the lake & the reservoir

ink washes by
SARAH NEWTON | Conservation Technician + Artist


 I painted “the lake & the reservoir”, while on a five week residency in the high desert of central Oregon, at the Playa residency program in Summer Lake. My work is often about landscape, usually focusing on aspects of built landscape, and I had been working on a series of drawings related to freeway rest areas. I came to the desert residency without any structured expectation for the work that I would do while I was there, but rather, looking forward to being able to explore and experiment in a new environment.

Summer Lake itself is a large, shallow, alkali lake with a shoreline that fluctuates seasonally, becoming almost dry in summer. It is fed by the Ana river, from a series of small springs that also fill the Ana reservoir. It was a dry year when I was first there, and had been preceded by other years of drought – the lake was shallow and the water level was low in the reservoir. The area has frequent high winds, and the shoreline of the lake was in constant movement. I would hike up the ridge most days where I could see across to the east. Sometimes the wind would blow the lake towards the far shore revealing the mud flats and channels left by the water. When it was calm, the water would spread out and reach the places where seeps from the ridge fed dark vegetation at the edge of the grass marsh. The reservoir receded more steadily, leaving alternating bands of light and dark mud as it shrank. Tire tracks showed in the wet areas and the dry bands of earth had a hard crusty surface. I was drawn to the patterns left by the shifting water.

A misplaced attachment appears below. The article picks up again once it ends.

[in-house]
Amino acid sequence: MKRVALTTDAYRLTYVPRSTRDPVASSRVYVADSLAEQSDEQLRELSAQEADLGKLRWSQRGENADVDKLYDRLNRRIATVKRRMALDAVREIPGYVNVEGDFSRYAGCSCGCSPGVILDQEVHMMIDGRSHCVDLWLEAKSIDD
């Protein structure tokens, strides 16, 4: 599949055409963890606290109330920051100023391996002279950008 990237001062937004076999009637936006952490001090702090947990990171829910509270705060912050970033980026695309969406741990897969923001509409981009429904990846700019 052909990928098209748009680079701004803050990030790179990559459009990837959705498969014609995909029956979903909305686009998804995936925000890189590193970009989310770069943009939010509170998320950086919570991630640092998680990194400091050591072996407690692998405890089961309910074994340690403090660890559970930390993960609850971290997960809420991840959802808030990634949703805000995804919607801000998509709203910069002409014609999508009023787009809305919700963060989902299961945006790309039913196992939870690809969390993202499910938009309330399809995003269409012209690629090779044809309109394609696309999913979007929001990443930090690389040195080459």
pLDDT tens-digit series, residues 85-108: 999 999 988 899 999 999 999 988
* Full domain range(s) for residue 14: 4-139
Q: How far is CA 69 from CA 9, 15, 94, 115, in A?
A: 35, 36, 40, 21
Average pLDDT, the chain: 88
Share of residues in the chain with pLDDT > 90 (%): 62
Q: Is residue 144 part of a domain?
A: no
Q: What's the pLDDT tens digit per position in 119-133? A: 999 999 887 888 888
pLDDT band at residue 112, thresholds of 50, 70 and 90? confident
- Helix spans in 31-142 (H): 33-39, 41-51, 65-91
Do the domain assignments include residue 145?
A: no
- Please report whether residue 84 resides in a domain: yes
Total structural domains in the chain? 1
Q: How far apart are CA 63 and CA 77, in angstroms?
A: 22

The two panels are ink wash on yupo (a polypropylene sheet made for watercolor) and each image is about 12″ x 36″.  This material also was new to me, and it it provided both some unexpected, spontaneous results and also some different means of control over the process. As the substrate is not absorbent, the ink wash has to air dry, and on a flat surface the ink moves and puddles, reticulates, and makes new textures as the water evaporates. When working on the wall, sometimes upside-down or sideways, washes would run and streak, leaving watery patterns in clouds and skies.

In my recent work, I am still interested in water and the shoreline, although my current project has less to do with aridity and more with the shifting shoreline at sea level around the San Francisco bay. I think this continuing interest in the transitions at the edge of the water was born with these drawings from my visit to the desert.

 

Enjoy more of Sarah’s work on her website, sarahmnewton.blogspot.com.

Sarah Newton
I am an artist and printmaker, and have been involved in a printmaking co-op in San Francisco for 20 years, where I make my own etchings and volunteer to help program and install exhibits in a small gallery space. The printshop is also where I met my husband. Outside of my artistic life, I work part time at a library conservation lab, where I mostly build enclosures for unusual, rare, or fragile library materials. These range from fragments of early papyrus manuscripts to one of the first apple computer circuit boards. My job is to design and build mounts or mats that make it possible for patrons and classes to safely handle the items. It is a continual source of amazement, and I am always learning, as I never know what materials will be in the next collection, and I need to understand enough about the items to know what people might want to learn from them, and how to make that available. I enjoy hiking, both backpacking and just urban exploring, which I enjoy for itself, but which does also tend to find a way into my work. Right now, I am attempting to hike the incomplete sections of the San Francisco bay trail, just to see what is there. I have over 100 miles yet to go, so I guess that will take a while.
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